By: Suhas S. Vyavhare, Assistant Professor and Extension Specialist; and David Kerns, Professor, IPM Coordinator and Extension Specialist
What is Bt cotton?
Bt cotton is genetically altered by the insertion of genes from a common soil bacterium, Bacillus thuringiensis, to produce certain proteins that are toxic to specific insects. Currently available Bt cotton varieties produce either or both crystal (Cry) and vegetative insecticidal proteins (Vip) that target specific caterpillar pests such as beet armyworm (Fig. 1), cotton bollworm (Fig. 2), and tobacco budworm.
How does Bt cotton help manage pests?
Initially, Bt cotton provided a means to effectively manage pests, such as tobacco budworm and pink bollworm, that were difficult to control or had developed resistance to commonly used insecticides. Since then, Bt cotton has been instrumental in providing control of other pests, including beet armyworm, bollworm, fall armyworm, and loopers. The use of Bt cotton has reduced the need for foliar insecticides targeting these pests and has also reduced outbreaks of secondary pests.
What Bt traits are available?
Since its introduction in 1996 into US agriculture, Bt technology has developed from a single-gene trait to multi-gene trait packages. The first-generation Bt cotton (Bollgard) had a single Bt gene that expressed (produced) Cry1Ac. The second-generation Bt technologies, such as Bollgard 2, TwinLink, and WideStrike, produce two Bt toxins, and the most recent third-generation Bt technologies (WideStrike 3, Bollgard 3, and TwinLink Plus) are three-gene trait products.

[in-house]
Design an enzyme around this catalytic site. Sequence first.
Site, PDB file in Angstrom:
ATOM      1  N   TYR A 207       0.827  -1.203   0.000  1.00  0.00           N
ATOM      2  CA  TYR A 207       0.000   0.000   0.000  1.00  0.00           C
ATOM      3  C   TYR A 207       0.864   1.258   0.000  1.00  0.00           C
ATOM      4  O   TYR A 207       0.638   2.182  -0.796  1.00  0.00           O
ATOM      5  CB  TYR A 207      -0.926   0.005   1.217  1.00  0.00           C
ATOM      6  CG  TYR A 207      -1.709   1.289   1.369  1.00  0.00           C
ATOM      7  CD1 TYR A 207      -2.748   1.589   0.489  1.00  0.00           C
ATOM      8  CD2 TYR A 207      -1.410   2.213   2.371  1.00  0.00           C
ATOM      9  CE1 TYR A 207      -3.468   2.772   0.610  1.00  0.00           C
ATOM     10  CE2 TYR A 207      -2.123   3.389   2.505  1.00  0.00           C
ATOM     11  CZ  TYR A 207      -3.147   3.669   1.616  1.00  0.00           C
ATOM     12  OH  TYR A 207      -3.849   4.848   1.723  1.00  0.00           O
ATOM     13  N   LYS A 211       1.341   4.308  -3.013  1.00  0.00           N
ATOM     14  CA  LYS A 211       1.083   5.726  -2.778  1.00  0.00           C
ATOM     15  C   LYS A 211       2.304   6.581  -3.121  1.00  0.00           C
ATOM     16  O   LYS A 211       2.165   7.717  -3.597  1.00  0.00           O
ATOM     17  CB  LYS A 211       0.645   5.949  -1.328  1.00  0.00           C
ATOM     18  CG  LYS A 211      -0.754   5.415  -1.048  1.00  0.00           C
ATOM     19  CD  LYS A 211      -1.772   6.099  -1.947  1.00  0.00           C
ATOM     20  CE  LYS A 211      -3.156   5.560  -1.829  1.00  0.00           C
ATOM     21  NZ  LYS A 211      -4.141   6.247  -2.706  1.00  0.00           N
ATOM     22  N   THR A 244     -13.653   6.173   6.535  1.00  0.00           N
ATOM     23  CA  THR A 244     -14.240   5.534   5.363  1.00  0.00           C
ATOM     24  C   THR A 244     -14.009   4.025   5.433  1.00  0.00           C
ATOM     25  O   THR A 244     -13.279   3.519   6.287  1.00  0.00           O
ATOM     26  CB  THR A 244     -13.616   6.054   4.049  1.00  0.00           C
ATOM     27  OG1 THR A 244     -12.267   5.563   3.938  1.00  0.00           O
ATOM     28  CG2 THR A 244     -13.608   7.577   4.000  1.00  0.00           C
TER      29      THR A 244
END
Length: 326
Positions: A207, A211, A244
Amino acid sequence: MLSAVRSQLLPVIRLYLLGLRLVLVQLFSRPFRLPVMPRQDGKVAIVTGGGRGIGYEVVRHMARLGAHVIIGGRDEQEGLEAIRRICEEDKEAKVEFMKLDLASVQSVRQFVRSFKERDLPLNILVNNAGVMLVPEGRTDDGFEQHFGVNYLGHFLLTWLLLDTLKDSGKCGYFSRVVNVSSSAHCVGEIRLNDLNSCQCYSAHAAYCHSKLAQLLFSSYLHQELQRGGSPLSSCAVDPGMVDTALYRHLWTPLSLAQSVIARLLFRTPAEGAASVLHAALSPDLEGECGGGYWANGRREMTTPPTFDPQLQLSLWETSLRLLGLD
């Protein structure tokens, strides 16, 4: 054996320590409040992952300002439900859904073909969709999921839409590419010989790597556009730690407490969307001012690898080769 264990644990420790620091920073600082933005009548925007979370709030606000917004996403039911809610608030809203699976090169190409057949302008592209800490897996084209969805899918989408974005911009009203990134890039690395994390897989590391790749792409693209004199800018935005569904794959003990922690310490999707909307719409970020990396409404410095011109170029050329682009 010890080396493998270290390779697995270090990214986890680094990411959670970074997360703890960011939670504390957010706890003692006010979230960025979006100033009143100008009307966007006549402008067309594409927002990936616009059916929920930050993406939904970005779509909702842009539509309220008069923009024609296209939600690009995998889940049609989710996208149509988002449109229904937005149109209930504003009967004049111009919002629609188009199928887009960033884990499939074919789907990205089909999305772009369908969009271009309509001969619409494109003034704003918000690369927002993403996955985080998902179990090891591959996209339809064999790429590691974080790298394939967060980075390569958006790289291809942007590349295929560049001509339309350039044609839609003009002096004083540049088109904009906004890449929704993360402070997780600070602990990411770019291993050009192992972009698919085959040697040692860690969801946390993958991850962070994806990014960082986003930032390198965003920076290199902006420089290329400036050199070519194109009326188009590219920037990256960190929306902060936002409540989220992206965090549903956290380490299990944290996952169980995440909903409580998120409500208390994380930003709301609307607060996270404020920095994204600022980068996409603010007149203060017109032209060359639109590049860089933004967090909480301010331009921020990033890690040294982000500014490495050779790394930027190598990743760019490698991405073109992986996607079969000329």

Which Bt traits are the most effective and what factors affect the efficacy of these traits?
Currently, the third-generation Bt technologies with three genes are expected to be most effective for controlling worms. Biotic (living organisms) and abiotic (physical factors such as prolonged cool and wet soil, soil salinity, extreme drought) stress negatively affect plant growth and, subsequently, protein expression in Bt crops.
Can insect populations develop resistance to Bt?
Yes. Research shows the reduced efficacy of some of the Bt traits against cotton bollworms at many locations across the Southern United States. Newer technologies with two or more relatively dissimilar toxins should slow down the rate of resistance development as it is less likely that any one insect will be simultaneously resistant to more than one or two toxins.
Does a Bt cotton field need to be scouted for caterpillar pests?
Yes. None of the current technologies provide 100 percent insect control. Cotton varieties with third generation. Bt have excellent activity against tobacco budworm and bollworm. However, under heavy infestation pressure, supplemental insecticide treatment for bollworms may be necessary. Also, field monitoring is essential because bollworm or fall armyworm populations may develop, particularly on blooms, and also appear late in the season on stressed cotton where the Bt toxin production may be compromised.
When is the best time to begin insecticide treatment?
Thresholds in Bt cotton fields are based on how many caterpillar pests survive to late first or second instar larvae stage, not on newly hatched larvae or the presence of eggs (Fig. 3). Since newly hatched larvae must feed on the plant for the Bt toxin to be effective, delay decision making until you can determine the survivorship of larger larvae (worms). For example, the threshold level before bloom is 30 percent or more damaged squares with worms present. After boll formation, the threshold is 6 percent or more damaged fruit with worms present (Fig. 4).
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